RCMP Commissioner Bob Paulson wrestled with thorny issues of harassment, mental health
Retiring leader made headway in many sensitive areas, but successor will inherit a force in flux
Leaning forward in his chair, shoulders rolled forward and staring at the ground, RCMP Commissioner Bob Paulson explained to the court why he'd traveled to Moncton, N.B., to testify at the labour code trial.
"I am the commissioner of the RCMP, I am accountable for the safety of my officers. So I'm here," he told Crown prosecutor Paul Adams.
The RCMP stands accused of several violations of Canada's Labour Code in connection with the June 2014 shooting rampage in Moncton that led to the deaths of three constables and injury of two others.
"Are you then ready to take any responsibility for the deaths of those three officers?" Adams asked.
"No," replied Paulson.
Inside the courtroom and on the front lines of policing across Canada, people struggled to understand what Paulson was being accountable for.
And it wasn't the first time.
'A cop's cop'
Paulson retires from the force today after 31 years on the force, 5½ of them as commissioner. He was appointed in November 2011 after a quick rise through the RCMP's executive ranks.
"People forget he came into the leadership role at a very volatile moment, in the wake of what some people called a mutiny," recalled Andrew House, former chief of staff for then public safety minister Vic Toews.
That clash was between senior Mounties and the RCMP's first civilian commissioner, William Elliott.
"The leadership class were in disarray, which in an institution such as the RCMP can be dangerous for the entire country. Someone needed to right the ship, and quickly, and in my view he got the job done," House told CBC News.
The force was also dealing with allegations of excessive use of force, failed criminal investigations and a toxic workplace culture.
On the day Toews introduced the new commissioner to reporters in the foyer of the House of Commons, Paulson talked about his priorities.
"Accountability and leadership will be areas of focus for me and my team as we go forward," he said, adding he wanted to tackle emerging allegations of workplace sexual harassment and abuse inside the force.
House said Paulson immediately instituted a sense of calm authority and accessibility.
Inside the RCMP, many breathed a sigh of relief.
Several regular members and high-ranking officers told CBC News they were relieved the government had appointed a "cop's cop," a straight-talking hard worker who they could trust on operational matters.
"His focus was on the primacy of operations as he obviously perceived there to be a deficiency in the attention to and the quality of investigations. There had been an erosion of public confidence in the police," said retired chief superintendent Angela Workman-Stark.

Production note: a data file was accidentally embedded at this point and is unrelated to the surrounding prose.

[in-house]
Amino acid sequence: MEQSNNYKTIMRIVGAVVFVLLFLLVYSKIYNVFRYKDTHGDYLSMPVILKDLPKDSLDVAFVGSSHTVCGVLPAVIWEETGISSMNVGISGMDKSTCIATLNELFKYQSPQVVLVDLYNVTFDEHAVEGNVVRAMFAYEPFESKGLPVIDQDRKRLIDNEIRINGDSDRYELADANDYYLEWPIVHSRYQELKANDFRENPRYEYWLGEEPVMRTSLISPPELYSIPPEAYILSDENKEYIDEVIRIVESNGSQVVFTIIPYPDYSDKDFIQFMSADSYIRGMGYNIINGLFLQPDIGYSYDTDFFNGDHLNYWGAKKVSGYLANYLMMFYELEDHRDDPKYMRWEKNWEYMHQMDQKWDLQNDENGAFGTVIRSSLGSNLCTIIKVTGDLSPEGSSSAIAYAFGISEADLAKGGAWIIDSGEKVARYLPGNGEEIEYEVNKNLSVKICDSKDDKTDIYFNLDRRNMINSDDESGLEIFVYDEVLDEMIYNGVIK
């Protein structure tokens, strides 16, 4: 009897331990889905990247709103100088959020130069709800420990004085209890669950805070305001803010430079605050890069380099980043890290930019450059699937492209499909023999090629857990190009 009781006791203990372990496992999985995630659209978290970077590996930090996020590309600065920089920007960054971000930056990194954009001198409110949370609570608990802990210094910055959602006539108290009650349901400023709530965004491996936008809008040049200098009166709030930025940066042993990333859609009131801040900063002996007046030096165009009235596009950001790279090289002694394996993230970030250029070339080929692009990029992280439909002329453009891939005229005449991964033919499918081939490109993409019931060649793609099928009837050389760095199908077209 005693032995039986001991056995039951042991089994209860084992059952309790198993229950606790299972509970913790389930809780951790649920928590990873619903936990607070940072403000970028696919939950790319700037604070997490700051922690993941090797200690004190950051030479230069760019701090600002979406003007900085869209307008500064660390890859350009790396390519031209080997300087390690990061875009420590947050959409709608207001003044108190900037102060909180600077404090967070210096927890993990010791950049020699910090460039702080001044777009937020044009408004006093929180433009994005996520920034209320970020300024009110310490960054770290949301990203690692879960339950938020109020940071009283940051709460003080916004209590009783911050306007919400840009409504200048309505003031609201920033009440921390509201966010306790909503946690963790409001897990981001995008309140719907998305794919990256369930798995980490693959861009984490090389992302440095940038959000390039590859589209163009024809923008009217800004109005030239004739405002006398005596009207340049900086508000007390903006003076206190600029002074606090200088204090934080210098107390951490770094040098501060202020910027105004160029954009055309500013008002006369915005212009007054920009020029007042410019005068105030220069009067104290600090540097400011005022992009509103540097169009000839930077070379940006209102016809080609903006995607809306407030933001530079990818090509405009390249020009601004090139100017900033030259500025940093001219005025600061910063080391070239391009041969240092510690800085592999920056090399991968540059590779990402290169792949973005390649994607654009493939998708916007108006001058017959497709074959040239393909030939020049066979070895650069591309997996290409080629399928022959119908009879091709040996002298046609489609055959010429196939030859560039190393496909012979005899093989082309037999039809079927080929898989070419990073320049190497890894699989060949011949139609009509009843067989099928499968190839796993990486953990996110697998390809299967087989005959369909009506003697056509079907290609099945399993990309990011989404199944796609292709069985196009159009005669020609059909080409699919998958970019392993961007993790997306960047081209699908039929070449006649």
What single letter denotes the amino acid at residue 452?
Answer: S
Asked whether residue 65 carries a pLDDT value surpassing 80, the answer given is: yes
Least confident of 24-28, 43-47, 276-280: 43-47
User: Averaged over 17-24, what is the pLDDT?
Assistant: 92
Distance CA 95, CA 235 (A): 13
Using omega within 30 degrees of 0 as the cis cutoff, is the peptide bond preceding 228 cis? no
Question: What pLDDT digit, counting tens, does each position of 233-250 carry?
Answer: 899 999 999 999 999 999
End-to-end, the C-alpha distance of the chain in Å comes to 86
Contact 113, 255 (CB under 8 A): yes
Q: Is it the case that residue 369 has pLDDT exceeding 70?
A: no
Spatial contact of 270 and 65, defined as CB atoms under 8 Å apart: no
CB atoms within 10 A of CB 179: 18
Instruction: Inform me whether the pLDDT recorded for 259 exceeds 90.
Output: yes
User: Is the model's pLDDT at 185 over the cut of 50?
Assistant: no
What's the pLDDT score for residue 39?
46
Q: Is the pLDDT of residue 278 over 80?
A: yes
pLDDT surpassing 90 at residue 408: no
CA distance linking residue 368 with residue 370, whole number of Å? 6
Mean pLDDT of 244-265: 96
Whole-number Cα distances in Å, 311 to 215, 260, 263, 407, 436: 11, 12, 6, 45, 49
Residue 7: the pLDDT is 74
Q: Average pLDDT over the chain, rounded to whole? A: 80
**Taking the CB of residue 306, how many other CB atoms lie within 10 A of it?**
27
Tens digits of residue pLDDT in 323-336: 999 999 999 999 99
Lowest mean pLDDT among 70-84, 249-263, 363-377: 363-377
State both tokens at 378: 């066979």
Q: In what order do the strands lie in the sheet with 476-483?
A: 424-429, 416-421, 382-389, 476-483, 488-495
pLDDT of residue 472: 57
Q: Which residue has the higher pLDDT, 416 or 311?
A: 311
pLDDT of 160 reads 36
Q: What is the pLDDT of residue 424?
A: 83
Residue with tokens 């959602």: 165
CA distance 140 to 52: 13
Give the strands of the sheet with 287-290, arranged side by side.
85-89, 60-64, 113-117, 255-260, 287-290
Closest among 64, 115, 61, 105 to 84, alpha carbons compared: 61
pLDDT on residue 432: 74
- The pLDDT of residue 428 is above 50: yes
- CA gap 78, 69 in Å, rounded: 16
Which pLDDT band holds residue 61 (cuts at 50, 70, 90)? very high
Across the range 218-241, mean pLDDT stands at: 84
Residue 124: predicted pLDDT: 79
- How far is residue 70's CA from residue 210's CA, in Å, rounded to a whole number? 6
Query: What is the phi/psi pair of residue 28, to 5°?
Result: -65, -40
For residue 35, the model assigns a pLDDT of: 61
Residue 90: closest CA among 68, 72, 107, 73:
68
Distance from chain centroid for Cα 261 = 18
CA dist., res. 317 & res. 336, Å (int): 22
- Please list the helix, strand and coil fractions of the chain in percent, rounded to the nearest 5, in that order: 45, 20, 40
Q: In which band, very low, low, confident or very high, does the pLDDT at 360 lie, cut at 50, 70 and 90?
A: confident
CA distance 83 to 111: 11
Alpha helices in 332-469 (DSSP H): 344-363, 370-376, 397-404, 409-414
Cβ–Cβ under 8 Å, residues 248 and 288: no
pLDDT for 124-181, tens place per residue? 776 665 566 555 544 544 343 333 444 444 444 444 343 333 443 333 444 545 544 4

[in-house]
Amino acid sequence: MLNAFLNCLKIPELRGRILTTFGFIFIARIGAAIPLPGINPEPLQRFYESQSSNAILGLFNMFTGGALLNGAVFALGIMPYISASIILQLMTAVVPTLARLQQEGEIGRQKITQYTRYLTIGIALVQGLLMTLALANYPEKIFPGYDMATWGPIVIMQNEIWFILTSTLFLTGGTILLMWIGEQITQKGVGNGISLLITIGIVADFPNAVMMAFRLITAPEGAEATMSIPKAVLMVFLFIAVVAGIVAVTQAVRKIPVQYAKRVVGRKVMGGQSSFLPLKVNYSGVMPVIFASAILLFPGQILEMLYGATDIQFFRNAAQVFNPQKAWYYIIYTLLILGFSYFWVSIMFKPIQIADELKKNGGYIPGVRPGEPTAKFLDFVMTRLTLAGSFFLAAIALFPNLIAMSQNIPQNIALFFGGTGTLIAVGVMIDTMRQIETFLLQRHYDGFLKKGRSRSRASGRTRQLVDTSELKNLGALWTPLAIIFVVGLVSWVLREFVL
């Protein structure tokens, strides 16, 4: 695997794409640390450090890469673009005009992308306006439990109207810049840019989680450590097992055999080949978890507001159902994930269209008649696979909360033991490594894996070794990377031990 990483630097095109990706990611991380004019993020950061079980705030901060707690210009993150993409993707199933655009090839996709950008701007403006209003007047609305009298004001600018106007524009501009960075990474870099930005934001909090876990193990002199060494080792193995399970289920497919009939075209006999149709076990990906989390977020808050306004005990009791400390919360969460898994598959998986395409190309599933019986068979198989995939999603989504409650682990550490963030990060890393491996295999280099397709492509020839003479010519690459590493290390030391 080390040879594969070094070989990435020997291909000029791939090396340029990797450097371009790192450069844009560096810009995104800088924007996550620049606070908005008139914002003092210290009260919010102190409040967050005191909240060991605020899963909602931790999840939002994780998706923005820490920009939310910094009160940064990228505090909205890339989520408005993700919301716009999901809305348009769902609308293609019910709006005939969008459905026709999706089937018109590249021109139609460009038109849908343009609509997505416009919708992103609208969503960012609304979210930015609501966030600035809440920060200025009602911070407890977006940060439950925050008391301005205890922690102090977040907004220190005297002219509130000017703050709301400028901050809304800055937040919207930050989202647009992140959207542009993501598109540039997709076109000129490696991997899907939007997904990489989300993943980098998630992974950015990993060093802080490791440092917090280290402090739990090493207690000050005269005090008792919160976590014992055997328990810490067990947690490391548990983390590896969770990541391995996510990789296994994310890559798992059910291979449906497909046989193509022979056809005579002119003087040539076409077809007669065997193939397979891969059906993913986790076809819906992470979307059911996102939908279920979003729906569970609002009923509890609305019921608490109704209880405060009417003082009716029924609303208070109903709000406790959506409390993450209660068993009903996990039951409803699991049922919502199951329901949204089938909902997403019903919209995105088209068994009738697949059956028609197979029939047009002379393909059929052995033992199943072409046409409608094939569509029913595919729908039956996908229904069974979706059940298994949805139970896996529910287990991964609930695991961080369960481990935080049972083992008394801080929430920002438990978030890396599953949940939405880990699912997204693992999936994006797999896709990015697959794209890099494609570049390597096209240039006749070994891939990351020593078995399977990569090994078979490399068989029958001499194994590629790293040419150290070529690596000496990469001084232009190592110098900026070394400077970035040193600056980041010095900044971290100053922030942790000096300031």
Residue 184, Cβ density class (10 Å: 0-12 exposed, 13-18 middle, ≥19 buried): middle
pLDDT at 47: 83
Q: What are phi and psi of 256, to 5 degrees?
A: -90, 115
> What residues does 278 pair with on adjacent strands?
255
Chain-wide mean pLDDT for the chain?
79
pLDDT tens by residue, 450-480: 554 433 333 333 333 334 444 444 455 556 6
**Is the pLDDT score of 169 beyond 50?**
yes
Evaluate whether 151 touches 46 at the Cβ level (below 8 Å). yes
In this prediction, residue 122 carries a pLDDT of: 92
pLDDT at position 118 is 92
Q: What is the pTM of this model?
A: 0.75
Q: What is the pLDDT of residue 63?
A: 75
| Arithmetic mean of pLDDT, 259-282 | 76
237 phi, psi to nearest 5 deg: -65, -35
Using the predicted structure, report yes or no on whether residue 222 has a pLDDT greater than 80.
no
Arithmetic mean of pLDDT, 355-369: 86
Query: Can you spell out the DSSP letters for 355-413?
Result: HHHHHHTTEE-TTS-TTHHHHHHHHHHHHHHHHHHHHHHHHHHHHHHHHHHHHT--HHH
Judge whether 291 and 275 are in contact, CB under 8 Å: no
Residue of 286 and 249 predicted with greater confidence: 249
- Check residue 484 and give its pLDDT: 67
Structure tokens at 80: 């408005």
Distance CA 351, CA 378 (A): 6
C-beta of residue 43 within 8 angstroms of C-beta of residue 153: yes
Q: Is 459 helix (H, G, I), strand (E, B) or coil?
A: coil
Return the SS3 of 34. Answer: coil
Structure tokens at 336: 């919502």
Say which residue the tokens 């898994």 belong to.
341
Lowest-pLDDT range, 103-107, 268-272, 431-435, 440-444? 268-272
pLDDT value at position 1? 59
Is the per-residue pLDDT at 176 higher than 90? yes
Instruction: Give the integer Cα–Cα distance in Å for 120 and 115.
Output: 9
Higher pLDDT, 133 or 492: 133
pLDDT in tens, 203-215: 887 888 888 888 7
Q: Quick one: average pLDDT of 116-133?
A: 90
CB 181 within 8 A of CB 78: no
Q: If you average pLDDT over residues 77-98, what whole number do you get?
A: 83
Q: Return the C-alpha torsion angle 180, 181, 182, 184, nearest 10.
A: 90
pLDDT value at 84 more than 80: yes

While the guts of the RCMP were roiling, critics and supporters alike credit Paulson with keeping the force focused on its central mandate of enforcing Canada's laws and protecting its citizens.
"In the RCMP, survival is success. It's an almost impossible job. The fact that he was able to deal with all of these extraneous issues while continuing to operate, he was very much part of the solution," House said.
In a news release marking Paulson's retirement, Public Safety Minister Ralph Goodale commended the commissioner for rolling out naloxone kits for officers exposed to fentanyl, launching a mental health strategy and helping settle a class action sexual harassment lawsuit.
Addressing sexual harassment
Soon after Paulson's appointment, more women came forward with their stories about how they'd been sexually harassed and abused while working for the RCMP.
Paulson ordered a gender-based audit to understand the barriers female officers faced, and Workman-Stark was tasked with leading an action plan.
"I believe he genuinely wanted to improve the workplace. He's done a lot to promote women, to put them in senior positions," she said.
But when it comes to workplace harassment, Workman-Stark believes the force made a strategic mistake.
"I don't know if we ever accepted organizational responsibility for accepting and tolerating certain types of behaviours. We focused on the symptom of harassment by tightening harassment policies and addressing the 'rotten apples,'" she said.